Cricket inquiry launched after six umpires 'agree to fix games'

Umpire Nadir Shah

First accusations against match officials brings immediate response from ICC

LAST UPDATED AT 09:10 ON Tue 9 Oct 2012

THE world of cricket was rocked by fresh allegations of match-fixing on Monday night following a sting operation by Indian television reporters - and the latest claims have the potential to be the most troubling yet. According to the India TV channel, six first-class umpires declared themselves willing to fix matches in return for money. 

In the decade since South African captain Hansie Cronjie was revealed to be a serial match-fixer, a trickle of other players have been exposed. But never before has the finger been pointed at match officials.
 
According to the BBC, the International Cricket Council has launched an “urgent investigation” into the claims and last night issued a statement, saying: "The ICC and its relevant members have been made aware of the allegations made by India TV this evening and calls on the station to turn over any information which can assist the ICC's urgent investigations into this matter.”

Reporters from India TV – described as a “little known” channel by The Guardian - posed as representatives of a sports management company, promising the umpires match assignments around the world.
  
The Times of India reports that two of the umpires – Nadeem Ghauri of Pakistan and Nadir Shah (above) of Bangladesh - “appeared to agree to give wrong decisions” during discussions.

Sagara Gallage from Sri Lanka allegedly agreed to divulge information about a Twenty20 World Cup warm-up match between India and Pakistan. It’s said that in return for 50,000 rupees [about £600] he would “leak information on the pitch, weather, toss, and even the playing elevens”.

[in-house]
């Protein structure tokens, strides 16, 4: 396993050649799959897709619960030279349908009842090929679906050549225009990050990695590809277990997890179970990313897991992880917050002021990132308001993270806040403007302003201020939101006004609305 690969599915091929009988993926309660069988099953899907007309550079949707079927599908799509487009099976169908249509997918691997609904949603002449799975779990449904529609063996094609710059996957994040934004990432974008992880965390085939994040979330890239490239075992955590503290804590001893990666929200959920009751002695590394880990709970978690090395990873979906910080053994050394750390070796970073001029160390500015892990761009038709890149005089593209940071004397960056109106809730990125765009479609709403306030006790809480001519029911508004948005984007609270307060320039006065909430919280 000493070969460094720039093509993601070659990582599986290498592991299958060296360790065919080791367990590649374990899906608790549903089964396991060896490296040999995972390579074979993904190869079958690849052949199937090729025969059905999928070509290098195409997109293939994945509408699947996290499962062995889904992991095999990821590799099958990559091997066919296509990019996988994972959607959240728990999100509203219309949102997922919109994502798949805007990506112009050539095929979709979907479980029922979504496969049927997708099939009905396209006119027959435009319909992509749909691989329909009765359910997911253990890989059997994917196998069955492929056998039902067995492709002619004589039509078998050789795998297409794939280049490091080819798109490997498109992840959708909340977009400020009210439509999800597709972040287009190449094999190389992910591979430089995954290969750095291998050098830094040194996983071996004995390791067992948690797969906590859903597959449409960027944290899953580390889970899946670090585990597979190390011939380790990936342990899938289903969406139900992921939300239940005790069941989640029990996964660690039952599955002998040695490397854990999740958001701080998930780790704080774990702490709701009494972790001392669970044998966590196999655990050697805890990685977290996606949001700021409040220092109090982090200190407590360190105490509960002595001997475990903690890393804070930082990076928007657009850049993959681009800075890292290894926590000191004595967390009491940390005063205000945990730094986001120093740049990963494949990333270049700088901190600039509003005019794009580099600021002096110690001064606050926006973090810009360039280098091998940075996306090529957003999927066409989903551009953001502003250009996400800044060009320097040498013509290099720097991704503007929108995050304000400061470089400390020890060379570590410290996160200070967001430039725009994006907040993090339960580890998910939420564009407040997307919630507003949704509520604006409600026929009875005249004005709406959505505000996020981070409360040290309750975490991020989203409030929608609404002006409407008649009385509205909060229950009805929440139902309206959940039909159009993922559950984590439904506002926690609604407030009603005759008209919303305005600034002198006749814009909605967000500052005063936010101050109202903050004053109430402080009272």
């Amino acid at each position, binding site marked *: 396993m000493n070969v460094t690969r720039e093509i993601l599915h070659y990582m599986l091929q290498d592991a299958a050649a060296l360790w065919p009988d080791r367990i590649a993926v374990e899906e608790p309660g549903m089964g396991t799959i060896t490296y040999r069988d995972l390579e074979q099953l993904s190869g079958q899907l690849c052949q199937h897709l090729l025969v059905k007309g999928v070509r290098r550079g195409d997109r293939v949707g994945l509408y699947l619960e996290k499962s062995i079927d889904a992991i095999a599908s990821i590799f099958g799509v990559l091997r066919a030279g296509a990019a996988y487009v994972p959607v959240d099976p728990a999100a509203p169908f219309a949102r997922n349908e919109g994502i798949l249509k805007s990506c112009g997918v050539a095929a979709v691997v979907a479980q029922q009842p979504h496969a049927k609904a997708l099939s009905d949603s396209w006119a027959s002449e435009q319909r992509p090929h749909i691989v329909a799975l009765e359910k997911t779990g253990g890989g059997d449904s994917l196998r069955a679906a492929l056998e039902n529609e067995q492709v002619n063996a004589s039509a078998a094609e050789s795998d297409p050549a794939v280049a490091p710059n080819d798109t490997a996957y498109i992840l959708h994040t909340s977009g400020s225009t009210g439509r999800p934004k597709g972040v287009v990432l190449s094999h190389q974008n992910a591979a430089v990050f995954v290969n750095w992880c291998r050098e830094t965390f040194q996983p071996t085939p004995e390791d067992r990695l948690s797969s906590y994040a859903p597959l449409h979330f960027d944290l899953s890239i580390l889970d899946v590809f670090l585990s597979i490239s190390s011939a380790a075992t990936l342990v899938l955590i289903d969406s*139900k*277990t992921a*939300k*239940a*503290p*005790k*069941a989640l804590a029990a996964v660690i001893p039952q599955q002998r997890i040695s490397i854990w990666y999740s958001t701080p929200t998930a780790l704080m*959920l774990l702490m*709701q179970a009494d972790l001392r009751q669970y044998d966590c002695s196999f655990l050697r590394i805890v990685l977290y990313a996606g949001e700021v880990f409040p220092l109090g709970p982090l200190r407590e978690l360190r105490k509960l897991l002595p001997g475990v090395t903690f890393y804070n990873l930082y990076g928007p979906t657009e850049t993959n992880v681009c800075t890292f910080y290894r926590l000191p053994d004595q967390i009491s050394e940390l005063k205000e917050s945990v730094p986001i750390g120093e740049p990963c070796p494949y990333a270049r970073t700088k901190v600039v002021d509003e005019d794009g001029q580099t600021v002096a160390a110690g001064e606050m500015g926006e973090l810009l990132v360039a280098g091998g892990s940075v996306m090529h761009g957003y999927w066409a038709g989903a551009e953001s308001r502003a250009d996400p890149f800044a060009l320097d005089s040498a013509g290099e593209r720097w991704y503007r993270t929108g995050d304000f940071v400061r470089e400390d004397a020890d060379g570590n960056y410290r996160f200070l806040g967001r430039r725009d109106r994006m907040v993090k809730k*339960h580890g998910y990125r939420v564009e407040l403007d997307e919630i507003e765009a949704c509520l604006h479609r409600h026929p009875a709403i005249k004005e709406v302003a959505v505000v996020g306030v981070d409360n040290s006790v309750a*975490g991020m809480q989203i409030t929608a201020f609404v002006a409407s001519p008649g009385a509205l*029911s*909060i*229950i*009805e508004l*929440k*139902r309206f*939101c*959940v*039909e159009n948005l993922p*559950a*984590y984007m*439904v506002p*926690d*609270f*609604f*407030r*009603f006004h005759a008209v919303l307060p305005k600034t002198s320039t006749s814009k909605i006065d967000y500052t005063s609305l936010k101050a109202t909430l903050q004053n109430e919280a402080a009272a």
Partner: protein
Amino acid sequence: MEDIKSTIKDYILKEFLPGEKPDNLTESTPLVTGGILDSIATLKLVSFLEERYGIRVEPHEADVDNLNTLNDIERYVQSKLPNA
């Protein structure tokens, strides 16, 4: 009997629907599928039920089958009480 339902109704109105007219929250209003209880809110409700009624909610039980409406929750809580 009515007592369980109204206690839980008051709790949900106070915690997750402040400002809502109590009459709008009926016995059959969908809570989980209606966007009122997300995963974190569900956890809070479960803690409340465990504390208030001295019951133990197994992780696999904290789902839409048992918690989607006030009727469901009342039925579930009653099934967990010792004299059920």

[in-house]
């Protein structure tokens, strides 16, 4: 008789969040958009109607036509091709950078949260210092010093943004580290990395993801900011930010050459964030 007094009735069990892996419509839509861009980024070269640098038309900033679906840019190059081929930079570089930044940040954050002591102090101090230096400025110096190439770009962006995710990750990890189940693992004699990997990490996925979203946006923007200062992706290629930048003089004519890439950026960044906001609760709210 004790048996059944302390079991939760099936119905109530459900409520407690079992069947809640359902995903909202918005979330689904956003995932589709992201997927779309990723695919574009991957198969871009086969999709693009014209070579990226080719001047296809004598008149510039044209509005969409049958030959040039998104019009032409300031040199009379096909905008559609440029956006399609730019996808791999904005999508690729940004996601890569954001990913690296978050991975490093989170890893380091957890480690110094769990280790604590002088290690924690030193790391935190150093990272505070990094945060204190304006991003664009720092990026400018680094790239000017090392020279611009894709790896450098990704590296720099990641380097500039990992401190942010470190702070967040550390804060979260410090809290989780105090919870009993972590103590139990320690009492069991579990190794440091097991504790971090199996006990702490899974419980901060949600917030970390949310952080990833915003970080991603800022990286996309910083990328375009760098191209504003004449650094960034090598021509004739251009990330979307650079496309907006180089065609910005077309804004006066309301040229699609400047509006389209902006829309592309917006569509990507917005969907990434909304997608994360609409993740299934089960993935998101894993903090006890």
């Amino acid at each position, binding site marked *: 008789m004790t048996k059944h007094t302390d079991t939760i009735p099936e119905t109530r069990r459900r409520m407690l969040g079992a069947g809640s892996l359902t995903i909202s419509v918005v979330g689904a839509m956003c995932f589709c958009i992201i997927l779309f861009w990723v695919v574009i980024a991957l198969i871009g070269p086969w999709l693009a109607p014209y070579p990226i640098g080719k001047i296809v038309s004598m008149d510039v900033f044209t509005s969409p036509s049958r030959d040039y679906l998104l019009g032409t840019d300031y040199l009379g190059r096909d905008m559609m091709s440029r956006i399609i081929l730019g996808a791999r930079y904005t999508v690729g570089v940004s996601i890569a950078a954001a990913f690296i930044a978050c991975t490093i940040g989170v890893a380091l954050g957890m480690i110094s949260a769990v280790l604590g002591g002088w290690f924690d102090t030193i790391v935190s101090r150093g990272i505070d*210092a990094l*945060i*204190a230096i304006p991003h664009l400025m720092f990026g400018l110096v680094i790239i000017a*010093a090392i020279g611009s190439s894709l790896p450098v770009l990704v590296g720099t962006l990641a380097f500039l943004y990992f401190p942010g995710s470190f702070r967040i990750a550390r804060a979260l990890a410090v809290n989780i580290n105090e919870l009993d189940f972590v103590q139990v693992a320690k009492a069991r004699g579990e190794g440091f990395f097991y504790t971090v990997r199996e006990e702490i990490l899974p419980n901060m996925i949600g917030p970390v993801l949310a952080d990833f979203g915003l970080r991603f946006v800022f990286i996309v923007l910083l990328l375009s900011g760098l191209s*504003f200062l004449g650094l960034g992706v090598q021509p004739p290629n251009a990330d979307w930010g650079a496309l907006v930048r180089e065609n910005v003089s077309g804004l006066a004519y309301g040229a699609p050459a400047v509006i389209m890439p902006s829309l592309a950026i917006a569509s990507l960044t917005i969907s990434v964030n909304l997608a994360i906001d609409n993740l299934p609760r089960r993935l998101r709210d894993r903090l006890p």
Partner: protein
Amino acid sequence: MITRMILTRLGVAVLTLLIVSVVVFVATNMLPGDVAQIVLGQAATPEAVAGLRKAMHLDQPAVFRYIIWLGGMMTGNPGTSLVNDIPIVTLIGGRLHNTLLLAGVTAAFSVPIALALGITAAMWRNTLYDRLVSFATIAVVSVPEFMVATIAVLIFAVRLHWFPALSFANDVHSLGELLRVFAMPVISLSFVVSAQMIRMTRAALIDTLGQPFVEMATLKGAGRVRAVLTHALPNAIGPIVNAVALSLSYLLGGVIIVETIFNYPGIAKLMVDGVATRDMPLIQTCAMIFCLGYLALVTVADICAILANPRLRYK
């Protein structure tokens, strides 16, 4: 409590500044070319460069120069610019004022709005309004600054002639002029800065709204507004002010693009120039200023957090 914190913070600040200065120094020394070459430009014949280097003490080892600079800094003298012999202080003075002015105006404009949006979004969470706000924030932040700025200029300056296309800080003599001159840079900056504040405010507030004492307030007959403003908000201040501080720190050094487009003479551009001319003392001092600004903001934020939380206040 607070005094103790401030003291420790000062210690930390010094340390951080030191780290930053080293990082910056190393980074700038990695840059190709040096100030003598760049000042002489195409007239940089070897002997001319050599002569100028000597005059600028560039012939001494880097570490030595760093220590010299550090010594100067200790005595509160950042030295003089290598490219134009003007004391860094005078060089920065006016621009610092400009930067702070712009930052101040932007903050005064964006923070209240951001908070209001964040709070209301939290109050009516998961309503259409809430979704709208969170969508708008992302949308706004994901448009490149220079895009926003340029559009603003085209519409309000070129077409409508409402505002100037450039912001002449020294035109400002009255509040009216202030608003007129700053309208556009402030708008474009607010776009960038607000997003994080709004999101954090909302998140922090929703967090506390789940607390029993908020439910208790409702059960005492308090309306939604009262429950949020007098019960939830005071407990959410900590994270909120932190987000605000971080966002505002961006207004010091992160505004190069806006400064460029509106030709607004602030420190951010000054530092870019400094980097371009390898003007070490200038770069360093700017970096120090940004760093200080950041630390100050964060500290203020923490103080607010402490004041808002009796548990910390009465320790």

Another Sri Lankan umpire, Maurice Winston, allegedly handed over information about England and Australia when they played a warm-up match on 17 September. He is accused of receiving a similar fee as Gallage for passing on the details about the conditions and the toss 90 minutes before the start of the Twenty20 game.

All the umpires involved have denied the allegations, with Sri Lanka’s The Nation reporting that Ghauri – who has stood in 43 one-day internationals - claims the “ the video was presented out of context”. Shah responded to the accusations by labelling them “absolutely rubbish".

Of the six umpires caught up in the allegations, only Shah is a current member of the ICC umpires’ panel and he wasn’t involved in the recent Twenty20 World Cup.

It’s not the first time, however, that the television channel has targeted cricket impropriety. In May this year a similar undercover operation led to the Indian cricket board banning one player for life and suspending four others for corruption.

According to the Times of India, the chairman of the Sri Lanka cricket board, Nishantha Ranatunga, was left “stunned” by the allegations, telling the paper the board has “zero tolerance level against doping and corrupt activities. We are waiting for the ICC to launch an investigation into this and once the probe is over, we'll take necessary action.” · 

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